5. References

[1] Al-Naji, A.; Perera, A.G.; Mohammed, S.L.; Chahl, J. "Life Signs Detector Using a Drone in Disaster Zones.", Remote Sensing no. 11, 2019

[2] Fouquet H.; Sebag G.; "French Covid-19 Drones Grounded After Privacy Complaint", Bloomberg.com, 2020

[3] Tabusca, S.M. 'The Internet between Promotion and Infringement of the Fundamental Rights. Freedom vs. Cybercrimes", Journal of Information Systems and Operations Management, vol.5.2.1, 2011

https://www.ryzerobotics.com/tello-edu (accessed: April 27, 2020)

https://www.dji.com/products/steam (accessed: April 27, 2020)

https://scratch.mit.edu/about (accessed: April 27, 2020)

https://www.droneblocks.io/apps (accessed: April 27, 2020)

Alexandru TABUSCA (1)

Gabriel-Eugen GARAIS (2)

(1) Associate professor, PhD, Romanian-American University, tabusca.alexandru@profesor.rau.ro

(2) Lecturer, PhD, Romanian-American University, garais.gabriel.eugen@profesor.rau.ro

(3) https://twitter.com/globaltimesnews

(4) https://www.dji.com/ - one of the best-known commercial drone manufacturers

(5) https://www.scmp.com/coronavirus

(6) https://techcrunch.com/2019/10/18/alphabets-wing-begins-making-first-commercial-drone-deliveries-in-the-u-s/ - Inaugural flight of Wing delivery-drone, in Christianburg, USA.

(7 https://en.wikipedia.org/wiki/Terminator_2:_Judgment_Day)

(8) https://www.ryzerobotics.com/tello-edu

(9) https://scratch.mit.edu/
Table 1. Tello command line instructions
Control Commands

Command         Description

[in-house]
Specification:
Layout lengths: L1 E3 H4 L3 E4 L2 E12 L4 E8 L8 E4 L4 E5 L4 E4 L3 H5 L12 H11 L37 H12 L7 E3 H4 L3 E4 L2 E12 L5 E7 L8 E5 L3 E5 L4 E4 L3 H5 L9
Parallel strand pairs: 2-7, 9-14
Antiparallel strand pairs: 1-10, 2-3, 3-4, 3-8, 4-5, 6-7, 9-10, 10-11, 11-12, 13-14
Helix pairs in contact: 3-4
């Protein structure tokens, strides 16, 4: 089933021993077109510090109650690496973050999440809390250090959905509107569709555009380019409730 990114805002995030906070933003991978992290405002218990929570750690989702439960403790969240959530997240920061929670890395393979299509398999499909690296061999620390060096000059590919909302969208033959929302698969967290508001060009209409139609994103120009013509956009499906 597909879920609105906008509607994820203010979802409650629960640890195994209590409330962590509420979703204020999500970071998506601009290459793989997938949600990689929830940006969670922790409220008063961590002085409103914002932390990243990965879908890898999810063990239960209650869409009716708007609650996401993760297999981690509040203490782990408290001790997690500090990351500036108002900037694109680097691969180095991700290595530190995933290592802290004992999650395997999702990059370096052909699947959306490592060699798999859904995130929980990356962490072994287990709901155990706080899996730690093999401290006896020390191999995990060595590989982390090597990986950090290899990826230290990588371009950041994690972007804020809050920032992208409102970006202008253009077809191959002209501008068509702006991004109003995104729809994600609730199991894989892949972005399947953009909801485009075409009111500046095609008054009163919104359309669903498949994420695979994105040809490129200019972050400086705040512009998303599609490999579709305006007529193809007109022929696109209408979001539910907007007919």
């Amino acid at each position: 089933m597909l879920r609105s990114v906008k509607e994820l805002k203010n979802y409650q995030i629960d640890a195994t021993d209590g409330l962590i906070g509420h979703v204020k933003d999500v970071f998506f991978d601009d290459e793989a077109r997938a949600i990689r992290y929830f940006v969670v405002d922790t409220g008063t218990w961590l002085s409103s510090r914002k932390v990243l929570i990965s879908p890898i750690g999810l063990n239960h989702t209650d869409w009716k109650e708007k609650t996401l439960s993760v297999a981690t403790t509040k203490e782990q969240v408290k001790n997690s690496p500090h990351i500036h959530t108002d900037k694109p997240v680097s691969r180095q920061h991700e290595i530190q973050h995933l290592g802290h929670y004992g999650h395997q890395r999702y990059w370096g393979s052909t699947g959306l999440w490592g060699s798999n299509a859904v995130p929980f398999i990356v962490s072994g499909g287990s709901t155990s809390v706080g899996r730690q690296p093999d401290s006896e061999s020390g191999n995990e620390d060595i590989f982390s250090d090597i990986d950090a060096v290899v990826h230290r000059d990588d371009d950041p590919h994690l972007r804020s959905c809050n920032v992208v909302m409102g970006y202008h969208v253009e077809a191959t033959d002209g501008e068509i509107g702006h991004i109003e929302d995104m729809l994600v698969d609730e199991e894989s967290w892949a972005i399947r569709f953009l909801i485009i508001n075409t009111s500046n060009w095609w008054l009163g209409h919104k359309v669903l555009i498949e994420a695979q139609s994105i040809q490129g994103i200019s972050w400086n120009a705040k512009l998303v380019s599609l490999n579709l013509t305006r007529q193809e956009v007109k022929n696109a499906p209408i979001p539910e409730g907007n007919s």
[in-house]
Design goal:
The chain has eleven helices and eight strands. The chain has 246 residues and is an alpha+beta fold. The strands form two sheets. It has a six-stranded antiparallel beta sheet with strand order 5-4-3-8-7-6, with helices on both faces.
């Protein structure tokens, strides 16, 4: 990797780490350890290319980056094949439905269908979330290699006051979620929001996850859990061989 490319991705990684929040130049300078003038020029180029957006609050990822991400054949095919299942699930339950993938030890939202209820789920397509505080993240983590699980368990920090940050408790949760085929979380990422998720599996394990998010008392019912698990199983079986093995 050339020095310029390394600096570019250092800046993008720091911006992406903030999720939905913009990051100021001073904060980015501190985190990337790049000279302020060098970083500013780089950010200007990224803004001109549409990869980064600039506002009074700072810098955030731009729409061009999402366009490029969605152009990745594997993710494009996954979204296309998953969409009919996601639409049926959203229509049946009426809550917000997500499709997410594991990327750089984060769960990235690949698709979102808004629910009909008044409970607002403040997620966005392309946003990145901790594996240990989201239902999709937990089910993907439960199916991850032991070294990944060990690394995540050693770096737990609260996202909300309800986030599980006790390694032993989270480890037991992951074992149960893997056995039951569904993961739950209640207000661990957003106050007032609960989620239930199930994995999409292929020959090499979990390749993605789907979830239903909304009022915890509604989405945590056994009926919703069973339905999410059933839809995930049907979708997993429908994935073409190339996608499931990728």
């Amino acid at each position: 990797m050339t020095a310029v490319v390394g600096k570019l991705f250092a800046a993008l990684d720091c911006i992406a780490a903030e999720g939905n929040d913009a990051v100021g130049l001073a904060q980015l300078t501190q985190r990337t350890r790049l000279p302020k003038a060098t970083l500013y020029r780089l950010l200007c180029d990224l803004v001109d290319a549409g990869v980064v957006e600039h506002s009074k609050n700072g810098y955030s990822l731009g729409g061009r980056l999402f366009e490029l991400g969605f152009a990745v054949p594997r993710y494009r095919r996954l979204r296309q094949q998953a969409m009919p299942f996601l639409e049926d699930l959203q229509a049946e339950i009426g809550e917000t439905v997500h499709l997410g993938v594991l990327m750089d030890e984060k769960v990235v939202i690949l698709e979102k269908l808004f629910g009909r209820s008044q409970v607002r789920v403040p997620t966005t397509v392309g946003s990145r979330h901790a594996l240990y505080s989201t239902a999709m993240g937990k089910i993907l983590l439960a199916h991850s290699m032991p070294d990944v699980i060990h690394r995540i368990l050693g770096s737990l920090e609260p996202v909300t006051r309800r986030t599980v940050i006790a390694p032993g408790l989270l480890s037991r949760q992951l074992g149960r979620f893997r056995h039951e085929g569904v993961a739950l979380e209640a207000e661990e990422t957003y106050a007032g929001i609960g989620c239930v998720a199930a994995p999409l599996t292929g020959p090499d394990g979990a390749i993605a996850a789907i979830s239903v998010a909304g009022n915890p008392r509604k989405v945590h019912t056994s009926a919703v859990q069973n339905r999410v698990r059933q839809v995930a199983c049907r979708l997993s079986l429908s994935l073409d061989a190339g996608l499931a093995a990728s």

Command         Enter SDK mode.
takeoff         Auto takeoff.
land            Auto landing.
streamon        Enable video stream.
streamoff       Disable video stream.
emergency       Stop motors immediately.
up *            Ascend to "x" cm.
                x = 20-500
down *          down "x" Descend to "x" cm.
                x = 20-500
                Fly left for "x" cm.
left *          "x" = 20-500
right *         Fly right for "x" cm.
                "x" = 20-500
forward *       Fly forward for "x" cm.
                "x" = 20-500
back *          Fly backward for "x" cm.
                "x" = 20-500
cw *            Rotate "x" degrees clockwise,
                "x" = 1-360
ccw *           Rotate "x" degrees counterclockwise,
                "x" = 1-360
                Flip in "x" direction.
                "I" = left
flip *          "r" = right
                T = forward
                "b"= back
                Fly to "x" "y" "z" at "speed" (cm/s).
                "x" = -500-500
                "y" = -500-500
go * y z speed  "z" = -500-500
                "speed" = 10-100
                Note: "x", "y". and "z" values cant be set between
                -20 - 20 simultaneously.
Read Commands
Command         Command
speed?          Obtain current speed (cm/s).
battery?        Obtain current battery percentage.
time?           Obtain current flight time.
wifi?           Obtain Wi-Fi SNR.

Command         Possible Response
Command
takeoff
land
streamon
streamoff
emergency
up *
down *
left *
right *
forward *
back *          ok / error
cw *
ccw *
flip *
go * y z speed
Read Commands
Command         Possible Response
speed?          "x" = 10-100
battery?        "x" = 0-100
time?           "time"
wifi?           "snr"
COPYRIGHT 2020 Romanian-American University
No portion of this article can be reproduced without the express written permission from the copyright holder.
Copyright 2020 Gale, Cengage Learning. All rights reserved.

Article Details
Printer friendly Cite/link Email Feedback
Author:Tabusca, Alexandru; Garais, Gabriel-Eugen
Publication:Journal of Information Systems & Operations Management
Date:May 1, 2020
Words:3163
Previous Article:EXPLAINABLE MACHINE LEARNING FOR ETHICAL ARTIFICIAL INTELLIGENCE BASED DECISIONS.
Next Article:THE RELEVANCE OF ACCOUNTING INFORMATION IN MEASURING THE PERFORMANCE OF AN ENTITY.
Topics:

Terms of use | Privacy policy | Copyright © 2022 Farlex, Inc. | Feedback | For webmasters |